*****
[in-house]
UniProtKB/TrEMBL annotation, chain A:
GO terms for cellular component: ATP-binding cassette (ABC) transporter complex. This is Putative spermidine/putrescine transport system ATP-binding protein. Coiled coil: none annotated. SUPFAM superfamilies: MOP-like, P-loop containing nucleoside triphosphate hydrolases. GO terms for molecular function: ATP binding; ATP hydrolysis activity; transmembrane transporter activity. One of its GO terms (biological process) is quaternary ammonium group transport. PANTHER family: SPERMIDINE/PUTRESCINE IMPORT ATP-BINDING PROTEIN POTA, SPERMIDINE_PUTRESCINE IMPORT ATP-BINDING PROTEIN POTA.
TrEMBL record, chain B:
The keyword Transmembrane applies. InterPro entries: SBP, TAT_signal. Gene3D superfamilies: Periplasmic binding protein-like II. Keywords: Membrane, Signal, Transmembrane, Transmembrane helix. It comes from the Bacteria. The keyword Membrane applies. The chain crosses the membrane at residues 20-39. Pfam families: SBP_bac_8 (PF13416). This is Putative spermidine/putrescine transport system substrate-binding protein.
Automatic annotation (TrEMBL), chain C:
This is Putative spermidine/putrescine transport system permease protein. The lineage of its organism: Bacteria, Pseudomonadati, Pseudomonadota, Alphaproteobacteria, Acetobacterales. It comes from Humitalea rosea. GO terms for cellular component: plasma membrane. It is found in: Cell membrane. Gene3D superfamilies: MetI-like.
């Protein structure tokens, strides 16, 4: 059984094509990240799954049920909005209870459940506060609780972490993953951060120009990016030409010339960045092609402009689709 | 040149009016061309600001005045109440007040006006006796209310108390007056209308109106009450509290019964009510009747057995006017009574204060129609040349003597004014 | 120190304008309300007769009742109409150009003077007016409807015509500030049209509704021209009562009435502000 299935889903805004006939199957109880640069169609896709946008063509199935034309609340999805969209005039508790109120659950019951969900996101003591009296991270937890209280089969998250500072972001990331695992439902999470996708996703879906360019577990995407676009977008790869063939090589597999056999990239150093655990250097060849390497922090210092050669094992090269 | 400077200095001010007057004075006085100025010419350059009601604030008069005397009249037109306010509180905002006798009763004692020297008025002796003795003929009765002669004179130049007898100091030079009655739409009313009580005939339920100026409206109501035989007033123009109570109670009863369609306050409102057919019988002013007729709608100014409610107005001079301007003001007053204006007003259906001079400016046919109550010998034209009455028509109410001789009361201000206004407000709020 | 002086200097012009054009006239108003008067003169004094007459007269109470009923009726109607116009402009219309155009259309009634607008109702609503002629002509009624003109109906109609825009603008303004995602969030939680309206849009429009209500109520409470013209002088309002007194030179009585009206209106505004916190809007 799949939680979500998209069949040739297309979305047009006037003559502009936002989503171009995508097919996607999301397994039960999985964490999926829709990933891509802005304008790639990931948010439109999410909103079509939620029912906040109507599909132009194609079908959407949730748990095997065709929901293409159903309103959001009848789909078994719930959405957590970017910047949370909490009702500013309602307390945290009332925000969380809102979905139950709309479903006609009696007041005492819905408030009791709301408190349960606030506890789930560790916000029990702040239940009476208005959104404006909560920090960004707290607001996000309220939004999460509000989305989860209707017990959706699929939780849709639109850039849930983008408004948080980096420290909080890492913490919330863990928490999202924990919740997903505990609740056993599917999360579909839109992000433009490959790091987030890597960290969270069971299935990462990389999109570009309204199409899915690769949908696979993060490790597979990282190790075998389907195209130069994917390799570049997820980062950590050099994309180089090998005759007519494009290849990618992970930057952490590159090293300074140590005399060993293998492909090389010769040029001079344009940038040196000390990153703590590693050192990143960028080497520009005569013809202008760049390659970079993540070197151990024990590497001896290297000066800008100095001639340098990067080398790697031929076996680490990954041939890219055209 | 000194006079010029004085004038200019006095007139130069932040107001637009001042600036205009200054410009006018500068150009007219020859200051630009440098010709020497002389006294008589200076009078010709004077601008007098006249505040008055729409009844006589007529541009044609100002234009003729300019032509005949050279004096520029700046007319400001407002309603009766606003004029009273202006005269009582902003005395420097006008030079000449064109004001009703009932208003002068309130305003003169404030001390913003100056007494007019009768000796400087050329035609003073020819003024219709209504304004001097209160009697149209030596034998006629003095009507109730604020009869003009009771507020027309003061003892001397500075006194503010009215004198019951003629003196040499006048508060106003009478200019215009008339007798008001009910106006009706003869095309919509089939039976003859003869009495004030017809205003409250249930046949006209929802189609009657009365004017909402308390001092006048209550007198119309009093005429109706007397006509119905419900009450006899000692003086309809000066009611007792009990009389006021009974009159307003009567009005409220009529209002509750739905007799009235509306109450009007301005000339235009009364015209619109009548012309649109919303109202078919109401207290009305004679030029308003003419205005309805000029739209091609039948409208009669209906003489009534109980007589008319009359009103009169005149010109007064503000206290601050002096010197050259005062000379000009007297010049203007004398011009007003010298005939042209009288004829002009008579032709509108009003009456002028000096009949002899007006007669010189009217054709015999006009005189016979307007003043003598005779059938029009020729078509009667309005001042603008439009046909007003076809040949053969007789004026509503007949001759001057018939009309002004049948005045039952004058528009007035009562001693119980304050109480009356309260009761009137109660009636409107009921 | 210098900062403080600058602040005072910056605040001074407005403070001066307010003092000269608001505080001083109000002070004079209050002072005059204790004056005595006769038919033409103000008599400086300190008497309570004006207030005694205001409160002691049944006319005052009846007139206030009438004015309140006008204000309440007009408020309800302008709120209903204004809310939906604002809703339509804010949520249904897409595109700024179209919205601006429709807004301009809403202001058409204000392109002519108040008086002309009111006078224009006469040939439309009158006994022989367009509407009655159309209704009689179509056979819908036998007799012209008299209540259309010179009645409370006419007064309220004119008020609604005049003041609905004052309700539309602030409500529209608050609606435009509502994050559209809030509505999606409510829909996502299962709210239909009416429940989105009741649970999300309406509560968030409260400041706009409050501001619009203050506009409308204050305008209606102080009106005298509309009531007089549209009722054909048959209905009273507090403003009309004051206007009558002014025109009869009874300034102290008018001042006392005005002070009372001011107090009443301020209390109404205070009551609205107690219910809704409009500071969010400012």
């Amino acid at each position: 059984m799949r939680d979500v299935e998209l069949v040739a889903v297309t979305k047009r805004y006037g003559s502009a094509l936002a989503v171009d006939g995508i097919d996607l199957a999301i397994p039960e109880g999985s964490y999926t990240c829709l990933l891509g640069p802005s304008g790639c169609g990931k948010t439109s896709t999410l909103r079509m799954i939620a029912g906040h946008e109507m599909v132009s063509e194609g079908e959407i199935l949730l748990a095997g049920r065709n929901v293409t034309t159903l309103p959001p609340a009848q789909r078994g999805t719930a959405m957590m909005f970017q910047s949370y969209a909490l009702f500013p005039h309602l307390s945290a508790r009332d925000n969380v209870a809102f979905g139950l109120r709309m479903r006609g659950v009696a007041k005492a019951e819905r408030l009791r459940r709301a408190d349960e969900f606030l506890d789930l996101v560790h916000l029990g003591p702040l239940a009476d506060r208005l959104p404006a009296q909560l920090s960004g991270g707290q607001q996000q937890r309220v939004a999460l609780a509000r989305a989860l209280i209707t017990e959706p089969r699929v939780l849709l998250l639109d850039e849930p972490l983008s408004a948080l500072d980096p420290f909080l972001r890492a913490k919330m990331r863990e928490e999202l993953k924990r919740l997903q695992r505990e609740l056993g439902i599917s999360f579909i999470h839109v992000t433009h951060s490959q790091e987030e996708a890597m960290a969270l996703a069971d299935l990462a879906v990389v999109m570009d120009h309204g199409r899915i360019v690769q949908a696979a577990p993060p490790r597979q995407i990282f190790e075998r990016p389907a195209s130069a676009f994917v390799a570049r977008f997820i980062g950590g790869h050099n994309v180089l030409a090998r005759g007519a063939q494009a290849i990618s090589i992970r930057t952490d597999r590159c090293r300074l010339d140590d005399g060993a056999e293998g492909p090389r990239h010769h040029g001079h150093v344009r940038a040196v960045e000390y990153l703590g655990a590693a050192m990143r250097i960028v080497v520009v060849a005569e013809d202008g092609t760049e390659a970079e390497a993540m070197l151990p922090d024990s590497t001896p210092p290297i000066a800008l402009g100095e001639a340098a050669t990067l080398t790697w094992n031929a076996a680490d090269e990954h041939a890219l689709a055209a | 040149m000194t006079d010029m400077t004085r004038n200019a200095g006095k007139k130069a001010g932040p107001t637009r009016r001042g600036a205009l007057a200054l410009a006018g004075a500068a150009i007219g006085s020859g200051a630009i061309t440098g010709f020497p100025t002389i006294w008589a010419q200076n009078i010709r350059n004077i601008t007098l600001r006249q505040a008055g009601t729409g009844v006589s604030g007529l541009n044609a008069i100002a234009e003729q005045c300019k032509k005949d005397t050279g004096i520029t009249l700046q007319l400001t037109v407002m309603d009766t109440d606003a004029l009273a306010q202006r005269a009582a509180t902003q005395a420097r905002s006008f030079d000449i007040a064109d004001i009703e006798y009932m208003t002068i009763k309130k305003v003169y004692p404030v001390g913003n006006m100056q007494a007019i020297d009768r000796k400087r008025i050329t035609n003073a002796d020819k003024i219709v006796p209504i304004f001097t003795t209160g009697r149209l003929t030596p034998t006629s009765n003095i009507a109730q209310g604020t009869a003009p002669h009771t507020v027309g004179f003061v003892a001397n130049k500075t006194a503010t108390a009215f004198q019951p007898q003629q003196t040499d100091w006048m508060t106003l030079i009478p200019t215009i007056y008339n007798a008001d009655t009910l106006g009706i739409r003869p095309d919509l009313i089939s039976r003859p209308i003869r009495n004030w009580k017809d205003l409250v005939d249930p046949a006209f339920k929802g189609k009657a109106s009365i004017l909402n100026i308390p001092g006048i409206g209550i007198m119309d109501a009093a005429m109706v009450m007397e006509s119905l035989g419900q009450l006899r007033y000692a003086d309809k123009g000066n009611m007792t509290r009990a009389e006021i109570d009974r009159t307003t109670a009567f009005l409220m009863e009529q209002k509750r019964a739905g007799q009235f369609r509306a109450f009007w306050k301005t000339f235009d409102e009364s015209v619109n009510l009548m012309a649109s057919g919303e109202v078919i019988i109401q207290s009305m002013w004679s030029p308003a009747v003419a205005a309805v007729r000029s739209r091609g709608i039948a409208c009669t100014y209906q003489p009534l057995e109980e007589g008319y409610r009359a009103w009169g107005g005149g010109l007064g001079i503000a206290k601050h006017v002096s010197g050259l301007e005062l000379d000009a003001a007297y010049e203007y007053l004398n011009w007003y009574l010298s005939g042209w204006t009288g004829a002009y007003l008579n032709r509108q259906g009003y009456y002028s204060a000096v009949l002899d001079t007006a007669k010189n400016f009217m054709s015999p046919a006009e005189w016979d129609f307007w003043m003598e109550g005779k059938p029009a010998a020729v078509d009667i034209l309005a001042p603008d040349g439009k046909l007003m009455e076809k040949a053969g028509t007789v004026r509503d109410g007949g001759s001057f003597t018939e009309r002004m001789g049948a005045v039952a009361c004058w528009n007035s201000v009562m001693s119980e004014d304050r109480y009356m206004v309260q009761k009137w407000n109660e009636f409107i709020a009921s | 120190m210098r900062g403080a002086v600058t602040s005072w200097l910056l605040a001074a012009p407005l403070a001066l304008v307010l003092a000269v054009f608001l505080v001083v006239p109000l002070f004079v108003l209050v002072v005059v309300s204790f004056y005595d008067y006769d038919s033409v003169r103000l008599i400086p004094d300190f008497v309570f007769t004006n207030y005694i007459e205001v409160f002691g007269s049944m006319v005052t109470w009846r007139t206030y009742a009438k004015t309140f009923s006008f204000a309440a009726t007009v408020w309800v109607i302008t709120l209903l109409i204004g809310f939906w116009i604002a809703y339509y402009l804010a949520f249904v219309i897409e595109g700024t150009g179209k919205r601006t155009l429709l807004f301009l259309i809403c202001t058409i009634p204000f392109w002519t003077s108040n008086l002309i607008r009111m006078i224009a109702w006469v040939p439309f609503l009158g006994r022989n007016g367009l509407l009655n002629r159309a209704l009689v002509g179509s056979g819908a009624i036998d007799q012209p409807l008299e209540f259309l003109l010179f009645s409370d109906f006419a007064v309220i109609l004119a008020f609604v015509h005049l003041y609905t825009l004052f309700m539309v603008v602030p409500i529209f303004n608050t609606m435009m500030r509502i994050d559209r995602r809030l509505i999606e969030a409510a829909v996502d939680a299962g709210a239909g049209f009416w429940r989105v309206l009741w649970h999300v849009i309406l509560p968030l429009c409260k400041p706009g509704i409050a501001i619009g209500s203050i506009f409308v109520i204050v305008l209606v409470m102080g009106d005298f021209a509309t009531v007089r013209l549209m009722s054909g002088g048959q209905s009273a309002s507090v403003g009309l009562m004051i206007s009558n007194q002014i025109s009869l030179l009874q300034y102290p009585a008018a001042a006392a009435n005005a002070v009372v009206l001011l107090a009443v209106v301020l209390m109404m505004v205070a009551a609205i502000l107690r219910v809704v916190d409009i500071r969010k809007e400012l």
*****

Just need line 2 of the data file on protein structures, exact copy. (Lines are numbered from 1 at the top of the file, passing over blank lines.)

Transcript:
UniProtKB/TrEMBL annotation, chain A: